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MNI INTERVIEW: Hoenig: Fed's Easy Money Trap Adds Market Risk

--Ex-Kansas City Fed President Sees Steady Rates This Year
By Pedro Nicolaci da Costa
     WASHINGTON (MNI) - The Federal Reserve won't be able to reverse ultra-easy
monetary policies for at least a decade, adding risk to the financial system,
former Kansas City Fed President Thomas Hoenig told MNI.
     The Fed is getting stuck in a world of ample bank reserves and extensive
bond purchases in a financial system already characterized by excess leverage,
Hoenig said in an interview. Hoenig also saw little chance the Fed will move its
policy rate this year. 
     "Now QE is the policy tool -- they're trapped and I don't see how they're
getting out of it anytime soon," he said. "It will take at least a decade if not
more" to reverse those policies, he said.
     The Fed halted efforts to reduce its balance sheet in September after a
repo market squeeze and switched to an ample reserves policy. The balance sheet
has expanded nearly half a trillion dollars in the last few months and equity
prices have soared to new highs. Investors have questioned whether the policy is
an indirect form of QE and the Fed has laid out no clear plan to move out of the
the kind of "trap" Hoenig is worried about. 
     "The dust-up with the repo market kind of demonstrated that," policy
dilemma, Hoenig said.
     --FED ON HOLD
     The Fed's balance sheet is USD4.2 trillion compared with less than USD1
trillion before the last downturn. Some Fed officials have argued the economy's
growth over the last decade justifies much of the growth in the balance sheet.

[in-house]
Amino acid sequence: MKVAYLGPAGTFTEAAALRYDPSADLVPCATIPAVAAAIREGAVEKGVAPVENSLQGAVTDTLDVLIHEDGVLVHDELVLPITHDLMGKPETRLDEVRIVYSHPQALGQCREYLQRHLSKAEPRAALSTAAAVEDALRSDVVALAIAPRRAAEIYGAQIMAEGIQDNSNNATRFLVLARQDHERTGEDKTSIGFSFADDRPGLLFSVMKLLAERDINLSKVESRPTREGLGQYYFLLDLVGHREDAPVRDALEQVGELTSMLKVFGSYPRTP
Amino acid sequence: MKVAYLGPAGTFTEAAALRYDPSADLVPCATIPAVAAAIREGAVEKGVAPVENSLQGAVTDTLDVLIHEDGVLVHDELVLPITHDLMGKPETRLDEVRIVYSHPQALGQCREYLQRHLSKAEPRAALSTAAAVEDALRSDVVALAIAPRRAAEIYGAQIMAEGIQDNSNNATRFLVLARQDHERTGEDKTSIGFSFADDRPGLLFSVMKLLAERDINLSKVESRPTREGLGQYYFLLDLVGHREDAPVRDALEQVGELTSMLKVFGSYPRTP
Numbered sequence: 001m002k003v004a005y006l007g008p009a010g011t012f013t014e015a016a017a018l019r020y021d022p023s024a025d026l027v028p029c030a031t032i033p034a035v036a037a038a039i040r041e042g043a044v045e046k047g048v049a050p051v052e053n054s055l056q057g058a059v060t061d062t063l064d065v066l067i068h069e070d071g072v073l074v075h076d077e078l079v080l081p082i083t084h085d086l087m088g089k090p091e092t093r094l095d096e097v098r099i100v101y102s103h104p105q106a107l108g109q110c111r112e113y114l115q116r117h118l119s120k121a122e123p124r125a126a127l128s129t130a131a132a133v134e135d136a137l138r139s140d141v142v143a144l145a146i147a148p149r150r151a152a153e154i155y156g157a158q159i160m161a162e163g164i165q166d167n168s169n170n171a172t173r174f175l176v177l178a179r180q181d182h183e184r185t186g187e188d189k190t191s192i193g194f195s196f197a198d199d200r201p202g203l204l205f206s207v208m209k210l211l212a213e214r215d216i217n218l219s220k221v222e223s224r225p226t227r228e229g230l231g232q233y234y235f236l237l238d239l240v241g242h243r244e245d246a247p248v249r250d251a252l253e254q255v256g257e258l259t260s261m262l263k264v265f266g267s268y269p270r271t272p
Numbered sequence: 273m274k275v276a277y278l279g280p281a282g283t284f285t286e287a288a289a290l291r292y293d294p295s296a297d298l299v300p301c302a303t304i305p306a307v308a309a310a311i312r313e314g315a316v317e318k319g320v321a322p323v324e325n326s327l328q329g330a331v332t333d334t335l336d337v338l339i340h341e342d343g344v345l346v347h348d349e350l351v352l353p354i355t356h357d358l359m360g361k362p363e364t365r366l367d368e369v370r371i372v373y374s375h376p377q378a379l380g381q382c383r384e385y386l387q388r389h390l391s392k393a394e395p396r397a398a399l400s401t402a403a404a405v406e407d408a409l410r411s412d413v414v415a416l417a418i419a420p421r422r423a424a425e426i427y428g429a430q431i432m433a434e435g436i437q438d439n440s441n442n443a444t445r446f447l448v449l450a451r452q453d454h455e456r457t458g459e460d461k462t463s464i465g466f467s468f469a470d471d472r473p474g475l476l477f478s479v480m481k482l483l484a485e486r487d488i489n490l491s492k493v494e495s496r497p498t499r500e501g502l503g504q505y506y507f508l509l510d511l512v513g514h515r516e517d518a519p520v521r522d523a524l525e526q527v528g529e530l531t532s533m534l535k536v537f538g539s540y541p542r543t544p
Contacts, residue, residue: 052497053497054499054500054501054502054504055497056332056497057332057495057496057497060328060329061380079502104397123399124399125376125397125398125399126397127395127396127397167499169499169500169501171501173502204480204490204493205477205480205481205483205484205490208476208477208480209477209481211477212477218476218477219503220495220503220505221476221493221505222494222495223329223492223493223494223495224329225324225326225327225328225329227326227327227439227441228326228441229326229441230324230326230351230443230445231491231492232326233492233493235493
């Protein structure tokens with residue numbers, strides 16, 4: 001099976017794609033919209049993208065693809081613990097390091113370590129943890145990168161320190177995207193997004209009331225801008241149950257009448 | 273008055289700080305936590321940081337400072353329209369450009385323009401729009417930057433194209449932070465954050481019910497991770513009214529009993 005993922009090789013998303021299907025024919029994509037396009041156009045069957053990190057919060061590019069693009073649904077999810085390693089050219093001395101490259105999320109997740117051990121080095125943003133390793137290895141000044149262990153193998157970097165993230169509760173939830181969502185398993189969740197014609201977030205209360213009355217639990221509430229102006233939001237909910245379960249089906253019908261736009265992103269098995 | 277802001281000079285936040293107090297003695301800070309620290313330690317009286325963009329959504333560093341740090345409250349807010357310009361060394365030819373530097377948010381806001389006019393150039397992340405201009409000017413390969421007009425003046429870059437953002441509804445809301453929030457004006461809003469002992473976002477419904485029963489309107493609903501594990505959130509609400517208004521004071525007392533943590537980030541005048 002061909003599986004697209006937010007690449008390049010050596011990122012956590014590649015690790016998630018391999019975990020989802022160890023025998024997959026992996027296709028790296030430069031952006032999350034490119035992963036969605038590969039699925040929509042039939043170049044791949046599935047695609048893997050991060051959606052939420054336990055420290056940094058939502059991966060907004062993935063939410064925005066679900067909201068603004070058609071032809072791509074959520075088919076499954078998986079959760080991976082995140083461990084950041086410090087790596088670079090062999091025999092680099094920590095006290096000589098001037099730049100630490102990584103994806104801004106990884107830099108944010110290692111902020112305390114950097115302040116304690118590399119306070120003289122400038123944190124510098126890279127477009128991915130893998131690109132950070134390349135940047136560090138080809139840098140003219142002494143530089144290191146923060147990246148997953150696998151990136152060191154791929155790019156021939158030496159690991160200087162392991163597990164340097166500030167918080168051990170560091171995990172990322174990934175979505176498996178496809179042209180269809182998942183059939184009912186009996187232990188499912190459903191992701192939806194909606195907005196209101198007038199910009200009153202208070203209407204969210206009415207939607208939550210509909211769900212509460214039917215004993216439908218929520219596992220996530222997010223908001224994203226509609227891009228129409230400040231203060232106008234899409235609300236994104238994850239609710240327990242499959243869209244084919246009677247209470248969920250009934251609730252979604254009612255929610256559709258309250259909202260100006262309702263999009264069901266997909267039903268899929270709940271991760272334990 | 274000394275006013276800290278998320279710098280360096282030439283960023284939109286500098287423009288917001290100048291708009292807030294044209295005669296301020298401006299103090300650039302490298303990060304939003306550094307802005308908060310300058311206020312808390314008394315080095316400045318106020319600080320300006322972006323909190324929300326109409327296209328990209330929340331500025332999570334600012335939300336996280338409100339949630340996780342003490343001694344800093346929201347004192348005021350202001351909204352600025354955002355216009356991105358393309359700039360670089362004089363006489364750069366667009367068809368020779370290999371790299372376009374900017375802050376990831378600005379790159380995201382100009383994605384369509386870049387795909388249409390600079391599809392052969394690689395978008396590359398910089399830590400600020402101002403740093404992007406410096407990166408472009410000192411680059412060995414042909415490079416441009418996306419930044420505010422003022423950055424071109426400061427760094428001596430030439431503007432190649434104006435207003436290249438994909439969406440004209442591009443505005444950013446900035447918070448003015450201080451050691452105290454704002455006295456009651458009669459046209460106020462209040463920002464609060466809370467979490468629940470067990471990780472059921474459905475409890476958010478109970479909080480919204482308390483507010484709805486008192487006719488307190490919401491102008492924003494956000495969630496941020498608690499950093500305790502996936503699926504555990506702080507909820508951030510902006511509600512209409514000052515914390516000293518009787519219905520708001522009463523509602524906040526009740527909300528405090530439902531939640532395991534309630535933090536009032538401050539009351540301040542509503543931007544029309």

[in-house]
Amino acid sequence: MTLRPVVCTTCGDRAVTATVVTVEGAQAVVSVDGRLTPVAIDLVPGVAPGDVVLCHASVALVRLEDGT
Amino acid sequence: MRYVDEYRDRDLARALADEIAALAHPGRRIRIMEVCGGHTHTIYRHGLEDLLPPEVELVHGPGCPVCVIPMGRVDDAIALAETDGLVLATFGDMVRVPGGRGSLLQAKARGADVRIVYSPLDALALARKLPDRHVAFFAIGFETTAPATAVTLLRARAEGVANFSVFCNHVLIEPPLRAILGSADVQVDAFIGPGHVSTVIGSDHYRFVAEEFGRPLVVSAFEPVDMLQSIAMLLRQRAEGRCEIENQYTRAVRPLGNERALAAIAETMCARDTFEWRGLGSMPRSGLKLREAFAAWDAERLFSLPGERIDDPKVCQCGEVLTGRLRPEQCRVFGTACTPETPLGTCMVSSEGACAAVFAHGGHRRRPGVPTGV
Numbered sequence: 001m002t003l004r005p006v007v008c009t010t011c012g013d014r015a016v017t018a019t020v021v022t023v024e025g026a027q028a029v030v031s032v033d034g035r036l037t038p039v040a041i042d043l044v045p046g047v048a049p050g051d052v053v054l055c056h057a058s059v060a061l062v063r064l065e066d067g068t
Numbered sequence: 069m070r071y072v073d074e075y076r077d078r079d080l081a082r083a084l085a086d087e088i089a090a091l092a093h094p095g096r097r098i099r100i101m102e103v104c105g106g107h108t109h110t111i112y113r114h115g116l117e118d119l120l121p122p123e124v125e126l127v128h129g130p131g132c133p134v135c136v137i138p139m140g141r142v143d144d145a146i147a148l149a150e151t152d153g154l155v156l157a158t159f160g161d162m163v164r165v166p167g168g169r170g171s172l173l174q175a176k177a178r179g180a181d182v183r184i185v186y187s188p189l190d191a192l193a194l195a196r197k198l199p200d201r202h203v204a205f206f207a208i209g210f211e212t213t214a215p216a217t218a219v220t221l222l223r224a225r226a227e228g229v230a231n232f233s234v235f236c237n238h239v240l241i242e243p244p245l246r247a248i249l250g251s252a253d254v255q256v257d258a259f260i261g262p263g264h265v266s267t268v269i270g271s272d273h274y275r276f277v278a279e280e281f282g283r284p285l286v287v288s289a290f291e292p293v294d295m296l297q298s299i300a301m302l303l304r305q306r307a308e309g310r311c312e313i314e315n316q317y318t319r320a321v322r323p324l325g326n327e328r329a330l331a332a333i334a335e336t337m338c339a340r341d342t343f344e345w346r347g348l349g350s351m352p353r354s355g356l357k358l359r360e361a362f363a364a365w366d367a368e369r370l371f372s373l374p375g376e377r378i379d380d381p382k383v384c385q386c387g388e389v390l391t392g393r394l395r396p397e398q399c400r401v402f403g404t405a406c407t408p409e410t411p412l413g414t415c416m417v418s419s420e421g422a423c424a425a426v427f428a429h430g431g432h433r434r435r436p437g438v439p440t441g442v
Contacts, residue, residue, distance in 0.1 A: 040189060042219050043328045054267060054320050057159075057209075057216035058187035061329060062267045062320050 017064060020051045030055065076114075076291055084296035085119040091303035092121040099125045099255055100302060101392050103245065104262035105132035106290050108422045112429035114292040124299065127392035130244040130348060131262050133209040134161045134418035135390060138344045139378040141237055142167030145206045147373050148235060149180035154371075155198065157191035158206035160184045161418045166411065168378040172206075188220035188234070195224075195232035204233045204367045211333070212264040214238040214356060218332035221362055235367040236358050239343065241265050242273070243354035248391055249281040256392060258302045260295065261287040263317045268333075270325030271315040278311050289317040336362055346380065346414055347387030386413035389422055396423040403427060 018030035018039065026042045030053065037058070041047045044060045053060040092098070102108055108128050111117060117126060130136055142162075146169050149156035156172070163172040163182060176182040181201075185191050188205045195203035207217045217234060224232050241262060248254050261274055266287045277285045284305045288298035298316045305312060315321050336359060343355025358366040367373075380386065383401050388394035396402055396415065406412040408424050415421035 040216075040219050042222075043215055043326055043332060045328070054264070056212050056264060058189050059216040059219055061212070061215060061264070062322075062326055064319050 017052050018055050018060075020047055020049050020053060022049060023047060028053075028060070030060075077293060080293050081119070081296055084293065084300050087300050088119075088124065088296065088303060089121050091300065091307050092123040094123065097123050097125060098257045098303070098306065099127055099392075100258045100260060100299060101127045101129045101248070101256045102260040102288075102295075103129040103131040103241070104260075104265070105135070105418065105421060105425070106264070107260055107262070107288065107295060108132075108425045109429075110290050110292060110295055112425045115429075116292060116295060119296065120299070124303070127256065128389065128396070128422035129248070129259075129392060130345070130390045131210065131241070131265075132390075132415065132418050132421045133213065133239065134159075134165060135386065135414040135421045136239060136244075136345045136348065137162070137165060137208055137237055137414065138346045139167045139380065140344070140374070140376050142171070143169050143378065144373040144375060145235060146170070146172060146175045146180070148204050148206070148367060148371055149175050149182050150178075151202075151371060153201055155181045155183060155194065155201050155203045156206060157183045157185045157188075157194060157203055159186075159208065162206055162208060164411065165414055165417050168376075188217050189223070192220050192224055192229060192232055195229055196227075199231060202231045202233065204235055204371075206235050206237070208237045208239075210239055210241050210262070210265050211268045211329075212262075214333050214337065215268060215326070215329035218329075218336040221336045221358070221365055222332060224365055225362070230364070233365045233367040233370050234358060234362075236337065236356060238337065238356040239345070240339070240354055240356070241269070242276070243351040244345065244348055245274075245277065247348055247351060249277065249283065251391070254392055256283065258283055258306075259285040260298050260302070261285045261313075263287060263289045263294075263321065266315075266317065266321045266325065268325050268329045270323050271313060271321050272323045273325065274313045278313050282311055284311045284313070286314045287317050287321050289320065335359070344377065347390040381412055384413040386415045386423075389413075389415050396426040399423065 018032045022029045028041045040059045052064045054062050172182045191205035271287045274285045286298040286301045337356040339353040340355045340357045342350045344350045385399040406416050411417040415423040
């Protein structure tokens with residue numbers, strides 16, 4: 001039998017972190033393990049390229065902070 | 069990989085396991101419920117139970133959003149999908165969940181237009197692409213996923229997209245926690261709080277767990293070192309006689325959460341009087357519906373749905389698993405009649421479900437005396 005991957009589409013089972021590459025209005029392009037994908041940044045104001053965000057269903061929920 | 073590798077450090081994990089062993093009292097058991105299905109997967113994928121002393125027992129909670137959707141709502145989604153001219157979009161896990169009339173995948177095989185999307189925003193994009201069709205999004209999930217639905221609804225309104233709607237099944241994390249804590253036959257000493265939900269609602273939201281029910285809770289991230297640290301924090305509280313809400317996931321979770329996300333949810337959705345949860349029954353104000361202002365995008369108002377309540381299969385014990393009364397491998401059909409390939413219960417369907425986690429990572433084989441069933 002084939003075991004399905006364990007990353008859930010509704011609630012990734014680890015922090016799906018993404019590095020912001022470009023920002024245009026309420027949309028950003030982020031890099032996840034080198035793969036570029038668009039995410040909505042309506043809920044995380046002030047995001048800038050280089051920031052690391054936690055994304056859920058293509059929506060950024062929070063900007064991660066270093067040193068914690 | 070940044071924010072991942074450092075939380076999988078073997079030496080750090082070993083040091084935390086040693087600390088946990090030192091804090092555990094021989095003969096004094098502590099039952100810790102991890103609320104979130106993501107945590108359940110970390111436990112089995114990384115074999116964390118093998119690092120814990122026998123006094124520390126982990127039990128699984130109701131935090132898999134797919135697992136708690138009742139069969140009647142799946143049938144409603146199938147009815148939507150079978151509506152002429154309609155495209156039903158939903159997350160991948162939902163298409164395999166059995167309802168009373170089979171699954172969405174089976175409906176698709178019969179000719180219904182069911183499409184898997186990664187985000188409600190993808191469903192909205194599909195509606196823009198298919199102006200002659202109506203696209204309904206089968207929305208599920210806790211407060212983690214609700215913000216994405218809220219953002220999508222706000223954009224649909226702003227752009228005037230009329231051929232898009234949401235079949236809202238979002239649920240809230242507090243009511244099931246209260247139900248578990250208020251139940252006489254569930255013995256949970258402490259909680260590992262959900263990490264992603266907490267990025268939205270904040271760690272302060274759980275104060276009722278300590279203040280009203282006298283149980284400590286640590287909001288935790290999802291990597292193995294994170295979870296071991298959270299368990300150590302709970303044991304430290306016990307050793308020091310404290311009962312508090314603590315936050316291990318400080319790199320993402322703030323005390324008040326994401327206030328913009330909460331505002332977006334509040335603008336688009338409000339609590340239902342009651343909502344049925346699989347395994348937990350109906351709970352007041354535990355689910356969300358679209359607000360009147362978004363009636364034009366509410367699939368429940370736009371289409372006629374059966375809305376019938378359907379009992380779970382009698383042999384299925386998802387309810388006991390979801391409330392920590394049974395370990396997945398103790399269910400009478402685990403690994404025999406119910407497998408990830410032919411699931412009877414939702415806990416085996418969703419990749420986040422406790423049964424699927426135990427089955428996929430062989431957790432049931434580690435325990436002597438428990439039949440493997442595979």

Hoenig, also former vice chair of the Federal Deposit Insurance
Corporation, said the Fed may have made an earlier policy miscalculation by
underestimating the tightening impact of a shrinking balance sheet and higher
official borrowing costs.
     Forced to reverse course and cut rates three times last year, the Fed now
intends to stand pat if at all possible, a path Hoenig views as wise.
     "They certainly should try to keep rates where they are for now," he said.
"I wouldn't lower them, if they saw a temporary slowdown. If the economy slows
too much they will initiate further quantitative easing."
     The bar for a resumption of interest rate hikes is even higher, Hoenig
said: "I don't think they're going to be raising them until or unless inflation
really breaks out above the 3% to 3.5% mark."
     Inflation is not showing up in consumer prices but Hoenig worries about
asset price inflation. Higher stock and bond prices pose a danger to financial
stability and can boost inequality since those gains flow mostly to the wealthy.
     Another reason the Fed may be stuck with easy money for a long time is
because Hoenig said there will likely be little change from the Fed's framework
review. Policymakers would have begun signaling any major changes to the Fed's
2% inflation target system well ahead of a possible mid-year announcement, he
--MNI Ottawa Bureau; +1 613-314-9647; email:
[TOPICS: MMUFE$,M$U$$$,MT$$$$,MX$$$$,M$$CR$,M$$FI$,MN$RP$]

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